French experimental film essayist and multimedia artist Chris Marker was never anything like a household name. But when he died Sunday at the age of 91 in Paris, Marker left behind 60 years worth of often remarkable works that continue to serve as sustenance for anyone aspiring to make fine art on film. He was connected to the Left Bank Cinema movement in 1950s Paris, which served as a counterpoint to less experimental Right Bank filmmakers like Francois Truffaut.
Two of Marker’s best-known films were reissued this year on a single DVD or Bu-ray set by The Criterion Collection. La jetée is a 28-minute work of science fiction composed almost entirely of still photographs and narration that directly inspired Terry Gilliam’s 12 Monkeys. Sans Soleil offers a full-length stream-of-consciousness travelogue that moves between Japan, Africa, and France to draw unseen connections between disparate cultures.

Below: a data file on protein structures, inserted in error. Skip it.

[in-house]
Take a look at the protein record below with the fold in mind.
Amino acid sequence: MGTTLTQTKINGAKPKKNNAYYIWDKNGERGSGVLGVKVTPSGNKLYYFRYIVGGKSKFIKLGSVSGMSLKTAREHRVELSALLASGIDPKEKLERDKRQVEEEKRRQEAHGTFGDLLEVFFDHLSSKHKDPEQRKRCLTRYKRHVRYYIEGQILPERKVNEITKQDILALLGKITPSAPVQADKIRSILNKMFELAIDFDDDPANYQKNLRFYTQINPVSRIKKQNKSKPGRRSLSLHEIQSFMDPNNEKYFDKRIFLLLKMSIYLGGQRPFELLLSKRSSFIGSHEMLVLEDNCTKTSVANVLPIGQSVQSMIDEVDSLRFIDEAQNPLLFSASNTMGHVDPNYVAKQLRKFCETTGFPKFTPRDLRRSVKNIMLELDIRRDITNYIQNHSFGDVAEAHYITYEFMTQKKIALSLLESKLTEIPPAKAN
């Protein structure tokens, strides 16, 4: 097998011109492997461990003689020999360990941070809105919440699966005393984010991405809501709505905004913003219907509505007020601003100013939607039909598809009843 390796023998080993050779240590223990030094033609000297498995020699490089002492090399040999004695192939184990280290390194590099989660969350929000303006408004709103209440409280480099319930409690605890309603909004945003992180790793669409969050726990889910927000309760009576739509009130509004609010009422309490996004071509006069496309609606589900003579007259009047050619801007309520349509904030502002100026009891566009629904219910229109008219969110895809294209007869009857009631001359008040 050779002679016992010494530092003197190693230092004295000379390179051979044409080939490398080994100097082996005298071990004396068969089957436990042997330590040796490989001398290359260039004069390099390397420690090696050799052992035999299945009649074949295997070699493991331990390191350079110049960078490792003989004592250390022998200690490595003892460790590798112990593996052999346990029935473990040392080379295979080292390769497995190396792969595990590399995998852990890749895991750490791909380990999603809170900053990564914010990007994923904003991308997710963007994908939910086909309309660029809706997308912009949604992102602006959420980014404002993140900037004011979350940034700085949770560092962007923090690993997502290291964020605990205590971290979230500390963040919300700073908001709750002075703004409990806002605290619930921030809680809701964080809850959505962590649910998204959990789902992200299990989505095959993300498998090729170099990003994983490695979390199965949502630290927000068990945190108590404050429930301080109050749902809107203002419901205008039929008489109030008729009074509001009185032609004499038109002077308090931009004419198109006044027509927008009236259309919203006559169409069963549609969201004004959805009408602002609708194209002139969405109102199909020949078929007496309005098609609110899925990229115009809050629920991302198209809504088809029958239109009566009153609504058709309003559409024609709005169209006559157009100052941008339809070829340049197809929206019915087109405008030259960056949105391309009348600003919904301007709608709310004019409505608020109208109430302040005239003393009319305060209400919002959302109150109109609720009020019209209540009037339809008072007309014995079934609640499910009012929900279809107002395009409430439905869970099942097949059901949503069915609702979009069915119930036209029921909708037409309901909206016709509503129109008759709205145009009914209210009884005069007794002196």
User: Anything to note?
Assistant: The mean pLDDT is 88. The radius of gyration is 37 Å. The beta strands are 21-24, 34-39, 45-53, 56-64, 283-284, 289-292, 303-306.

Chris Marker’s work remains a persuasive reminder film can be as pure and true an art form as any other, at least in the hands of the right practitioner.